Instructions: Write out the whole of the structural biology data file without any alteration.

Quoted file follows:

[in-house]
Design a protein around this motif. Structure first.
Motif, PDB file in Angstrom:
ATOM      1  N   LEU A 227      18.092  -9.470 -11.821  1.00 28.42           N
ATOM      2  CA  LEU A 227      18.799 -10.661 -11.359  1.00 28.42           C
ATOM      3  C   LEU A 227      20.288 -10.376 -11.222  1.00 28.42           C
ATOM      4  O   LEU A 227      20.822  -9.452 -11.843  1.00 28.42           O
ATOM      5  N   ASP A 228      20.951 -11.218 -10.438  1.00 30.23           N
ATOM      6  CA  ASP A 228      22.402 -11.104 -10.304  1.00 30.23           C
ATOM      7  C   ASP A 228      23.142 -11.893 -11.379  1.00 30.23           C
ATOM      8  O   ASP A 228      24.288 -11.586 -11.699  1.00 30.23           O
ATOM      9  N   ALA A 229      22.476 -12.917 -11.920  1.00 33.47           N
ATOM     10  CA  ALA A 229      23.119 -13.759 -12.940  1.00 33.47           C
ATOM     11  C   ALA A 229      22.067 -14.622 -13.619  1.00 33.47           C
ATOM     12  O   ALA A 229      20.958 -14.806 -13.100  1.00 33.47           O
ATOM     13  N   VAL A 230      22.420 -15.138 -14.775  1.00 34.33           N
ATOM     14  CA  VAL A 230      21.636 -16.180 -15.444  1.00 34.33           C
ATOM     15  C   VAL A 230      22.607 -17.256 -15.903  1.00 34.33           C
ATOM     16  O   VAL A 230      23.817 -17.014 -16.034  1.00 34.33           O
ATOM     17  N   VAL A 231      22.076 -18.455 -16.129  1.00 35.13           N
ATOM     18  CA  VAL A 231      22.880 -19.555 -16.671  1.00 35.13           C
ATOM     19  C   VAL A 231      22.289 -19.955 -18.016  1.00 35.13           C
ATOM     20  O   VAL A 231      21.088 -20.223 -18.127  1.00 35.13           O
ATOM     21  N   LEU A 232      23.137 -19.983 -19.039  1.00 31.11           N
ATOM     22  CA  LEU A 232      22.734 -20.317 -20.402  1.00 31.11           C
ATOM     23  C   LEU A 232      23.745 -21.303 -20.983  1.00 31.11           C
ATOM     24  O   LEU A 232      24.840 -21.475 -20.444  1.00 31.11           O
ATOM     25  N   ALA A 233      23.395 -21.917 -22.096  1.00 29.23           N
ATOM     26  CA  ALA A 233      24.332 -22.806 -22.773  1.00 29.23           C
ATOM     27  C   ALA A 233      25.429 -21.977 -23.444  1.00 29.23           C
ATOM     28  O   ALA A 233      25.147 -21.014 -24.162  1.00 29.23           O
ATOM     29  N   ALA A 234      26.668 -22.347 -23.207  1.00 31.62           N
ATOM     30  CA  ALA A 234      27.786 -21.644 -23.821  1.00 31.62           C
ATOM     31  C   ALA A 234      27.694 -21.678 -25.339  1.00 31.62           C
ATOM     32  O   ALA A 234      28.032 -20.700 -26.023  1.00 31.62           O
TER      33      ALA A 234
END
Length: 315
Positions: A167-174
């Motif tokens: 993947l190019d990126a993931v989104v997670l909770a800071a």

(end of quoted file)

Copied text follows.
[in-house]
Design a protein around this motif. Structure first.
Motif, PDB file in Angstrom:
ATOM      1  N   LEU A 227      18.092  -9.470 -11.821  1.00 28.42           N
ATOM      2  CA  LEU A 227      18.799 -10.661 -11.359  1.00 28.42           C
ATOM      3  C   LEU A 227      20.288 -10.376 -11.222  1.00 28.42           C
ATOM      4  O   LEU A 227      20.822  -9.452 -11.843  1.00 28.42           O
ATOM      5  N   ASP A 228      20.951 -11.218 -10.438  1.00 30.23           N
ATOM      6  CA  ASP A 228      22.402 -11.104 -10.304  1.00 30.23           C
ATOM      7  C   ASP A 228      23.142 -11.893 -11.379  1.00 30.23           C
ATOM      8  O   ASP A 228      24.288 -11.586 -11.699  1.00 30.23           O
ATOM      9  N   ALA A 229      22.476 -12.917 -11.920  1.00 33.47           N
ATOM     10  CA  ALA A 229      23.119 -13.759 -12.940  1.00 33.47           C
ATOM     11  C   ALA A 229      22.067 -14.622 -13.619  1.00 33.47           C
ATOM     12  O   ALA A 229      20.958 -14.806 -13.100  1.00 33.47           O
ATOM     13  N   VAL A 230      22.420 -15.138 -14.775  1.00 34.33           N
ATOM     14  CA  VAL A 230      21.636 -16.180 -15.444  1.00 34.33           C
ATOM     15  C   VAL A 230      22.607 -17.256 -15.903  1.00 34.33           C
ATOM     16  O   VAL A 230      23.817 -17.014 -16.034  1.00 34.33           O
ATOM     17  N   VAL A 231      22.076 -18.455 -16.129  1.00 35.13           N
ATOM     18  CA  VAL A 231      22.880 -19.555 -16.671  1.00 35.13           C
ATOM     19  C   VAL A 231      22.289 -19.955 -18.016  1.00 35.13           C
ATOM     20  O   VAL A 231      21.088 -20.223 -18.127  1.00 35.13           O
ATOM     21  N   LEU A 232      23.137 -19.983 -19.039  1.00 31.11           N
ATOM     22  CA  LEU A 232      22.734 -20.317 -20.402  1.00 31.11           C
ATOM     23  C   LEU A 232      23.745 -21.303 -20.983  1.00 31.11           C
ATOM     24  O   LEU A 232      24.840 -21.475 -20.444  1.00 31.11           O
ATOM     25  N   ALA A 233      23.395 -21.917 -22.096  1.00 29.23           N
ATOM     26  CA  ALA A 233      24.332 -22.806 -22.773  1.00 29.23           C
ATOM     27  C   ALA A 233      25.429 -21.977 -23.444  1.00 29.23           C
ATOM     28  O   ALA A 233      25.147 -21.014 -24.162  1.00 29.23           O
ATOM     29  N   ALA A 234      26.668 -22.347 -23.207  1.00 31.62           N
ATOM     30  CA  ALA A 234      27.786 -21.644 -23.821  1.00 31.62           C
ATOM     31  C   ALA A 234      27.694 -21.678 -25.339  1.00 31.62           C
ATOM     32  O   ALA A 234      28.032 -20.700 -26.023  1.00 31.62           O
TER      33      ALA A 234
END
Length: 315
Positions: A167-174
């Motif tokens: 993947l190019d990126a993931v989104v997670l909770a800071a």